Efficient metadata management: import of dictionary data from xls

One of the most common challenges for a Metastudio DRM business administrator is creating a dictionary based on an Excel spreadsheet where the dictionary was previously maintained.

Completing such a task requires at least three steps:

  1. Establishing the structure of the dictionary table in the database.
  2. Registering the dictionary in Metastudio.
  3. Importing data from the spreadsheet where the data was previously maintained.

For simple dictionaries, this is a relatively straightforward task. But what do we mean by a “simple” dictionary? It is a dictionary characterized by:

  • A small number of columns (a few).
  • A small number of records (a few hundred).
  • Ordered dictionary data (codes of a fixed length/structure, descriptions, etc.).

The situation is more challenging with dictionaries that have been maintained as Excel spreadsheets for an extended period of time, where the content deviates to a greater or lesser extent from the original assumptions and contains additional notes, values inconsistent with the originally anticipated “type” of column, etc. In such cases, each of the above steps will require careful attention.

Considerations for Setting up a Dictionary Table in a Database

Setting up the structure of a dictionary table in a database will require preparing a DDL script with the appropriate syntax for the database engine in which the dictionary table is to be created. Let’s start with column names. The most obvious approach to completing this task is to follow these steps:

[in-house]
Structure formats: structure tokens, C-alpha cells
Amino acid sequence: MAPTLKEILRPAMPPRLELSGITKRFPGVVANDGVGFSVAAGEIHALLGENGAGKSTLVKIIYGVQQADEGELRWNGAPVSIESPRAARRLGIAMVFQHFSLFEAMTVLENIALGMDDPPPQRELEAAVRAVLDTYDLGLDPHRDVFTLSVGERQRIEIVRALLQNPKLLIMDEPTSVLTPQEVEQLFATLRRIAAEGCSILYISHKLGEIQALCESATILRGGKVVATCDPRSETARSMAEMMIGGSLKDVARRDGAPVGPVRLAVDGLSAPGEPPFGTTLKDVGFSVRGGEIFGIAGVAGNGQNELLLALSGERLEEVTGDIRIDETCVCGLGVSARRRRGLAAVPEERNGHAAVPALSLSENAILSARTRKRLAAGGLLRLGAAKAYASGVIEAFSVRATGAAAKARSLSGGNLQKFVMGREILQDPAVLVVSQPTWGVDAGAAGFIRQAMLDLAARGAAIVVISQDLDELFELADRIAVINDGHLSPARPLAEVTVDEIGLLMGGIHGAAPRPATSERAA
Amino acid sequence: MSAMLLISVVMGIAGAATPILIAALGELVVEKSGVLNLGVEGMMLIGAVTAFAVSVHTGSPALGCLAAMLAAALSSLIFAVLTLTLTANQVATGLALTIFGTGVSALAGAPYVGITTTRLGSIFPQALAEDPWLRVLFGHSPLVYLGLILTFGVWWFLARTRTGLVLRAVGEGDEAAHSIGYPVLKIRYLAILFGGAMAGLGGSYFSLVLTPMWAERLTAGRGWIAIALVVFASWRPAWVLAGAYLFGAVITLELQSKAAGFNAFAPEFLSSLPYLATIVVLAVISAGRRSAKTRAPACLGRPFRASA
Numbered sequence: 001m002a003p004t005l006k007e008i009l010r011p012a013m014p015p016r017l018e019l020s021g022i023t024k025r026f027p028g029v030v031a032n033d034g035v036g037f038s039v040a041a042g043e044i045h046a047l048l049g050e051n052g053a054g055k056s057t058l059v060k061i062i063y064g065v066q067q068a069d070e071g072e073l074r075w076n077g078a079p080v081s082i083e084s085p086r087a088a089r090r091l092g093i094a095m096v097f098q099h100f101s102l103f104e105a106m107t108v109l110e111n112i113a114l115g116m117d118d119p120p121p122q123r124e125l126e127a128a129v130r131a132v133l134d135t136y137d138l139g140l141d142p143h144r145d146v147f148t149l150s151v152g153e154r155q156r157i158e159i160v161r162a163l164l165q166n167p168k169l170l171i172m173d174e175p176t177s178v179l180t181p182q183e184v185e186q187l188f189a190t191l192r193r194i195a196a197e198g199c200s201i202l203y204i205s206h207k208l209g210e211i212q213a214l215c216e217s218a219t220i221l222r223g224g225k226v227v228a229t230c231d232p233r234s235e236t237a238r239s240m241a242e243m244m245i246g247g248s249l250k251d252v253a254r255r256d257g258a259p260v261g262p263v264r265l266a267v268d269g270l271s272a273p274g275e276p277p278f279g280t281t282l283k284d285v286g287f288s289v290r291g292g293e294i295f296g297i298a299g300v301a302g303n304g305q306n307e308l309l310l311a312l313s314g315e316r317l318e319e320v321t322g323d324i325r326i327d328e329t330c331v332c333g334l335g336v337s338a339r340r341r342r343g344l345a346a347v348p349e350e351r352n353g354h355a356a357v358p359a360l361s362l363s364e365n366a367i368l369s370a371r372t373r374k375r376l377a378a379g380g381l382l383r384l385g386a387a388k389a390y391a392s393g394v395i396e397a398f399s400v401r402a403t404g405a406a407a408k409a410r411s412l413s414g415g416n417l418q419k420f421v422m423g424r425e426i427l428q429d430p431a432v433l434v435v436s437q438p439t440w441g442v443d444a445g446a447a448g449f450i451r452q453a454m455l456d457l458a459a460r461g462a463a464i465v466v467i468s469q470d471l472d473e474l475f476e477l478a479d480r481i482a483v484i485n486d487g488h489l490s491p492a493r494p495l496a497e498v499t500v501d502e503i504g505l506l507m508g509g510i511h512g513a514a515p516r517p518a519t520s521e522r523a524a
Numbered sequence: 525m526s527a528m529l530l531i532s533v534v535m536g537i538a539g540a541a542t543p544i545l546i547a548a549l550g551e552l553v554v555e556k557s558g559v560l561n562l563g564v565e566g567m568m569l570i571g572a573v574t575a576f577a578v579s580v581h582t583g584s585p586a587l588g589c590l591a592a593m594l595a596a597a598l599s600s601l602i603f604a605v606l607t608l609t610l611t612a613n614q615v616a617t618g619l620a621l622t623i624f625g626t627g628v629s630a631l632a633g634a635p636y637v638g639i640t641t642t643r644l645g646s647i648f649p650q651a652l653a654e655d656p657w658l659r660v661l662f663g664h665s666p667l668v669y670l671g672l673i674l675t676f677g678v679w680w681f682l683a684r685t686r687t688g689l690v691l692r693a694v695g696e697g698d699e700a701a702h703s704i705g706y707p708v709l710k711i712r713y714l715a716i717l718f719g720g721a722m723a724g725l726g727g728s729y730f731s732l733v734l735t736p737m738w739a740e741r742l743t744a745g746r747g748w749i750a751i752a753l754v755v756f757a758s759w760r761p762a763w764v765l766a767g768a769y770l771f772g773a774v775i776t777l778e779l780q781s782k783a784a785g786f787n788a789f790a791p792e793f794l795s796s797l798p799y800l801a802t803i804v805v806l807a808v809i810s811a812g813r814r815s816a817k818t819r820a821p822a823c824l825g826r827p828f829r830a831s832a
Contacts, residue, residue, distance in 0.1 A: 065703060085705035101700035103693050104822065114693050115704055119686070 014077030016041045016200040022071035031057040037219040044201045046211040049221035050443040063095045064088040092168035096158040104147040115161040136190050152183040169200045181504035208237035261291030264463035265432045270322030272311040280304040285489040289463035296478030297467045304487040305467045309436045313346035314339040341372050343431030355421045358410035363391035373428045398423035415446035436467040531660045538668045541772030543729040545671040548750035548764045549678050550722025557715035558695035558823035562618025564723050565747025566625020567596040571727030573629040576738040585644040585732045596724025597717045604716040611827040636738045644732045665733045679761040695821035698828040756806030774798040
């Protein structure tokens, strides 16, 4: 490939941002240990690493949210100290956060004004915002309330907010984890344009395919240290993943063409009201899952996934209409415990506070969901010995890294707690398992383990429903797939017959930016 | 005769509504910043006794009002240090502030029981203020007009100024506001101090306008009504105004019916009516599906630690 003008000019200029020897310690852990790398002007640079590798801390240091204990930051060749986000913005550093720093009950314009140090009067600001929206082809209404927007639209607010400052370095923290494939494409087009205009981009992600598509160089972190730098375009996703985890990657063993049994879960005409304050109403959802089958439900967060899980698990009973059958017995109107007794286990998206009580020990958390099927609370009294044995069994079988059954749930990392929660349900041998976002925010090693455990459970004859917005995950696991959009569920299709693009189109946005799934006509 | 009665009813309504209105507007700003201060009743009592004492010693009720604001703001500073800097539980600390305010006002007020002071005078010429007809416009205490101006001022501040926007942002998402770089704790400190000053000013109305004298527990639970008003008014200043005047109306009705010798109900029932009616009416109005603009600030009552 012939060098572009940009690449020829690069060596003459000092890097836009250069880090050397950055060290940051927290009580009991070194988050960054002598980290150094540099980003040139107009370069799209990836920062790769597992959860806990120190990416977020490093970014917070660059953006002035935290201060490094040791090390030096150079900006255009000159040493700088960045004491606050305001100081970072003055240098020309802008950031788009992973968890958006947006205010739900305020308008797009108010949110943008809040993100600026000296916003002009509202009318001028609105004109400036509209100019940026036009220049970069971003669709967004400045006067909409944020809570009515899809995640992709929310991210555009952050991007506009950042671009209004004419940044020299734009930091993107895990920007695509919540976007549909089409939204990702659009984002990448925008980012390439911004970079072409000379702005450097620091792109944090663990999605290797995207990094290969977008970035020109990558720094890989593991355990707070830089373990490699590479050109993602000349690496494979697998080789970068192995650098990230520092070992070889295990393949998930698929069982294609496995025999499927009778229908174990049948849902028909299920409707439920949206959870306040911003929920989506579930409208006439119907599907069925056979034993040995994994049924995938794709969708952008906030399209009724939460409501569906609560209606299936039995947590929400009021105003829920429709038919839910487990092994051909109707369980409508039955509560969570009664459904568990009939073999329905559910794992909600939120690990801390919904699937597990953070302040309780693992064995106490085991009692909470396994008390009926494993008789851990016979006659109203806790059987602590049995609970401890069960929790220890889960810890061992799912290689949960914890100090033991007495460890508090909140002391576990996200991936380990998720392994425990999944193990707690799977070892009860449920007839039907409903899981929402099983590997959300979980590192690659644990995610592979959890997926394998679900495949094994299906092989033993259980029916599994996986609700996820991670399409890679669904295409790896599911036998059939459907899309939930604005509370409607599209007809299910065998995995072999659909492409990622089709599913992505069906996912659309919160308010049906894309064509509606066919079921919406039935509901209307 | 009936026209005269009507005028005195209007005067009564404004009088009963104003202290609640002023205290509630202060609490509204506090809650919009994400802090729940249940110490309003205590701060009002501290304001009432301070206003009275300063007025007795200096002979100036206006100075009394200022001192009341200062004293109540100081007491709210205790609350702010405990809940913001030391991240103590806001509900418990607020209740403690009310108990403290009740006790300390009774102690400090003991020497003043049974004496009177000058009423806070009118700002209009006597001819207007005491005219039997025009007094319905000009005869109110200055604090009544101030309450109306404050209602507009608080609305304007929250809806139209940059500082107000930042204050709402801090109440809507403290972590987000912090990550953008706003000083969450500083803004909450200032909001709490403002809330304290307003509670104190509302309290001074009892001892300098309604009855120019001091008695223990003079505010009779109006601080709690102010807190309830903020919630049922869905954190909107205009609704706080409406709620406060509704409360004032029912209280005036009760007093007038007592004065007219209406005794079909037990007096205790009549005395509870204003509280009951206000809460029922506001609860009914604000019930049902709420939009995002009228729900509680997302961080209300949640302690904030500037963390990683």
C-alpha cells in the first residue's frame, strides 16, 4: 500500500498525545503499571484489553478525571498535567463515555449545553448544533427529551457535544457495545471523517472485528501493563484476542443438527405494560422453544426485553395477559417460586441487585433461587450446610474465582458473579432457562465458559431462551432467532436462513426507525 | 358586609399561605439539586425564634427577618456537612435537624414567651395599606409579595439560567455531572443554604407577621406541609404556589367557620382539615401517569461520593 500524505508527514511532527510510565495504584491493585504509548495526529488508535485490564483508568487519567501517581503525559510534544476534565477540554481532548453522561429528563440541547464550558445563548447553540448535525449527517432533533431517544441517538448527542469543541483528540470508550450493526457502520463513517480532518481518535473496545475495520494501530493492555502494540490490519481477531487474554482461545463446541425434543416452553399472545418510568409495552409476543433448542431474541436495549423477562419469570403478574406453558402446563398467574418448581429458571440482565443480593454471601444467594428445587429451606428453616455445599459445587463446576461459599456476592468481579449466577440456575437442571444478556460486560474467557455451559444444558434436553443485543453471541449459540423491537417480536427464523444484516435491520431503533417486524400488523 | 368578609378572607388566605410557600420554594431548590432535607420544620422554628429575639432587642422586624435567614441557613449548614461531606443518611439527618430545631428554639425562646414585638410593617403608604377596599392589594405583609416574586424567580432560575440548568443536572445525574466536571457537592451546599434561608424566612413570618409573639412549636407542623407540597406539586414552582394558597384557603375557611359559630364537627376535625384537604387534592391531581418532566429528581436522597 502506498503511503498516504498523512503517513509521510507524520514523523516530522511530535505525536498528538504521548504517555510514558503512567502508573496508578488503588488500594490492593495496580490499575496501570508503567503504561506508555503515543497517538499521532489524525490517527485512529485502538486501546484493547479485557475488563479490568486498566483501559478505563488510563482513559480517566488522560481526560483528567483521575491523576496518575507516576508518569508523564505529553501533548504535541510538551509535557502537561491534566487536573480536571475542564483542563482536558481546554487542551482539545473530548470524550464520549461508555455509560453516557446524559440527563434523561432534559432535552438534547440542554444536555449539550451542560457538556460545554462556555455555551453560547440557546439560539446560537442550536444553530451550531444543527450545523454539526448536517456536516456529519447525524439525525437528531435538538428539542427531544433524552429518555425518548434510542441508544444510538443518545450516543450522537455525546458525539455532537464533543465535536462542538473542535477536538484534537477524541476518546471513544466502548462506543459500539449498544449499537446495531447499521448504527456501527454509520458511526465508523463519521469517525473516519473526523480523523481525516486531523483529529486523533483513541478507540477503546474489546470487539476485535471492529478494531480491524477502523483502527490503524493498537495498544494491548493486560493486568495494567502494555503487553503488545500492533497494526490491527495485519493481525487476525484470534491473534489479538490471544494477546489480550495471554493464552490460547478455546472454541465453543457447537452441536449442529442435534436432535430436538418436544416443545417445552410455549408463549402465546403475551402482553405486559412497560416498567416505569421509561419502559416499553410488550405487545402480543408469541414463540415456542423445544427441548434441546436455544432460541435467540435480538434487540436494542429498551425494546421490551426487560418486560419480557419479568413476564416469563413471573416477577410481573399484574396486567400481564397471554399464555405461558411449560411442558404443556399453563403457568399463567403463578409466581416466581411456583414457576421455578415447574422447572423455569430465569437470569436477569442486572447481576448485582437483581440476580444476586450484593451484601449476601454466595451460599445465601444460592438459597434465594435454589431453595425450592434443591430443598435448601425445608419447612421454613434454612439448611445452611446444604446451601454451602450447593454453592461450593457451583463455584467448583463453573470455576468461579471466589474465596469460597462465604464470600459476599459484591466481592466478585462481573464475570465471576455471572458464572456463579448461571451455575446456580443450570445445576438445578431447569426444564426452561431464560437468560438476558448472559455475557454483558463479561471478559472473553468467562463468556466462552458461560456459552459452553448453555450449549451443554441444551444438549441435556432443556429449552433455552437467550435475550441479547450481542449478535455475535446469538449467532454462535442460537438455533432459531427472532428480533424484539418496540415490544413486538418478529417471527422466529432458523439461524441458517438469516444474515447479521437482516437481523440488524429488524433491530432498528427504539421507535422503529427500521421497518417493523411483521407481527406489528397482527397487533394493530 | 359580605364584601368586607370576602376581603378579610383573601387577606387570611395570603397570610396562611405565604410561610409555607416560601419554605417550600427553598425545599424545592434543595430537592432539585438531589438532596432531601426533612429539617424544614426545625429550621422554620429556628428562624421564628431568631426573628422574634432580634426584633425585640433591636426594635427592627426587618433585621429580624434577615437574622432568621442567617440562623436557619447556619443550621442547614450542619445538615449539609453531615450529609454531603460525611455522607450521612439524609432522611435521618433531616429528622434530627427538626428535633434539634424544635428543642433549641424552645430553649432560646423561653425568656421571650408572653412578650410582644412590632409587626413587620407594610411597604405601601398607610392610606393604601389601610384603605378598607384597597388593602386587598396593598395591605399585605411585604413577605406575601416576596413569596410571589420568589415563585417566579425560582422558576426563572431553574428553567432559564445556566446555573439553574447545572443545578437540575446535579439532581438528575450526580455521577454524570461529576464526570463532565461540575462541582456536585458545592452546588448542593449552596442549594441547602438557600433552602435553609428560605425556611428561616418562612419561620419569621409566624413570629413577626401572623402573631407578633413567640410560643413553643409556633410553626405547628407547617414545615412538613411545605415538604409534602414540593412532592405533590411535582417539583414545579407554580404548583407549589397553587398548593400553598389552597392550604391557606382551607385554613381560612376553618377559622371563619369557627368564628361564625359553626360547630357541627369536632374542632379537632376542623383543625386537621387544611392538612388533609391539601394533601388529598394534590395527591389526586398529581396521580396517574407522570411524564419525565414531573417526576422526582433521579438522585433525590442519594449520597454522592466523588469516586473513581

1. Open the Excel spreadsheet containing the dictionary data.
  2. Copy the row with the headers to a separate sheet and transpose it during pasting. This will give us a list of the columns for the target dictionary.
  3. If the column names are descriptive in nature, technical names for each column will need to be created. Consider that often there is a written or conventionally agreed-upon naming scheme for columns in a project, such as underscores instead of spaces, specific prefixes or suffixes, or a distinctive way of shortening names.

We now have column names for our dictionary. Next, it’s time to determine the type and length/precision for each column. This is where the “stumbling blocks” typically arise, as at this stage we must consider one of the subsequent steps to be carried out – namely, data import. Why? Properly defining the structure of the dictionary will require an approach that is appropriate for its intended use. What do I mean by this?

If the dictionary is to be populated only once (known as “zero loading”) and then maintained through the Metastudio DRM interface, it is more appropriate to precisely define each column. For example, if a 2-character ISO country code is to be placed in a given column, we would define it as varchar2(2) in Oracle. If there is any discrepancy between the imported data and the anticipated structure, we will have to manually correct the data in the spreadsheet – but we only do this once.

If the dictionary is to be updated multiple times throughout its “life” through import from an Excel spreadsheet, it makes more sense to consider all potential cases by analyzing the data in each column, adding some “buffer” for column length, and defining the validation of data entered “manually” through the Metastudio DRM interface by adding appropriate validators for each column.